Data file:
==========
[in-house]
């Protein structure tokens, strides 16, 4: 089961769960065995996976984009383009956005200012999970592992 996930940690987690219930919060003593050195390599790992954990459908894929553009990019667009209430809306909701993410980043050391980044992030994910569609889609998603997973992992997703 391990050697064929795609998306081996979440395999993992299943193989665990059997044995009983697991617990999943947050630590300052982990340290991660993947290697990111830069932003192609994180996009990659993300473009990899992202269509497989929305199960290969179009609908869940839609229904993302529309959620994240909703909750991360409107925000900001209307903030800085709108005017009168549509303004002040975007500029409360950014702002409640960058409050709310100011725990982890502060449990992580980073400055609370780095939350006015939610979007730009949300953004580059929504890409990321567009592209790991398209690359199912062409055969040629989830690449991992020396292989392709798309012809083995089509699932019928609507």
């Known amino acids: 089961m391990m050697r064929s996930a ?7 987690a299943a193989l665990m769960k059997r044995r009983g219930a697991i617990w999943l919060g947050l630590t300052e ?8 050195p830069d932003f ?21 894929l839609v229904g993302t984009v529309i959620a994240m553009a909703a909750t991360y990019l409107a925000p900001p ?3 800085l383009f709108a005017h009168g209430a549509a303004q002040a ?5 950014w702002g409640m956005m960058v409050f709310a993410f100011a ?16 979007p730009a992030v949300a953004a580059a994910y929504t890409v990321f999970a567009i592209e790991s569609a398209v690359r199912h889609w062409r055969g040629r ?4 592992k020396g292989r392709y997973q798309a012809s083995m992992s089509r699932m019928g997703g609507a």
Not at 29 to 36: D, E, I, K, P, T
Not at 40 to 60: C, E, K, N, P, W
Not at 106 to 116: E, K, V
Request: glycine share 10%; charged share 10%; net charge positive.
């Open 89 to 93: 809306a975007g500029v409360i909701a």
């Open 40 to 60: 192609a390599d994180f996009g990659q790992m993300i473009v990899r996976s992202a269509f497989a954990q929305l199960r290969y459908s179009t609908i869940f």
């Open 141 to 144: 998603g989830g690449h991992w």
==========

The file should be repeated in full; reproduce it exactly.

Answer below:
[in-house]
């Protein structure tokens, strides 16, 4: 089961769960065995996976984009383009956005200012999970592992 996930940690987690219930919060003593050195390599790992954990459908894929553009990019667009209430809306909701993410980043050391980044992030994910569609889609998603997973992992997703 391990050697064929795609998306081996979440395999993992299943193989665990059997044995009983697991617990999943947050630590300052982990340290991660993947290697990111830069932003192609994180996009990659993300473009990899992202269509497989929305199960290969179009609908869940839609229904993302529309959620994240909703909750991360409107925000900001209307903030800085709108005017009168549509303004002040975007500029409360950014702002409640960058409050709310100011725990982890502060449990992580980073400055609370780095939350006015939610979007730009949300953004580059929504890409990321567009592209790991398209690359199912062409055969040629989830690449991992020396292989392709798309012809083995089509699932019928609507």
């Known amino acids: 089961m391990m050697r064929s996930a ?7 987690a299943a193989l665990m769960k059997r044995r009983g219930a697991i617990w999943l919060g947050l630590t300052e ?8 050195p830069d932003f ?21 894929l839609v229904g993302t984009v529309i959620a994240m553009a909703a909750t991360y990019l409107a925000p900001p ?3 800085l383009f709108a005017h009168g209430a549509a303004q002040a ?5 950014w702002g409640m956005m960058v409050f709310a993410f100011a ?16 979007p730009a992030v949300a953004a580059a994910y929504t890409v990321f999970a567009i592209e790991s569609a398209v690359r199912h889609w062409r055969g040629r ?4 592992k020396g292989r392709y997973q798309a012809s083995m992992s089509r699932m019928g997703g609507a």
Not at 29 to 36: D, E, I, K, P, T
Not at 40 to 60: C, E, K, N, P, W
Not at 106 to 116: E, K, V
Request: glycine share 10%; charged share 10%; net charge positive.
């Open 89 to 93: 809306a975007g500029v409360i909701a």
């Open 40 to 60: 192609a390599d994180f996009g990659q790992m993300i473009v990899r996976s992202a269509f497989a954990q929305l199960r290969y459908s179009t609908i869940f």
């Open 141 to 144: 998603g989830g690449h991992w």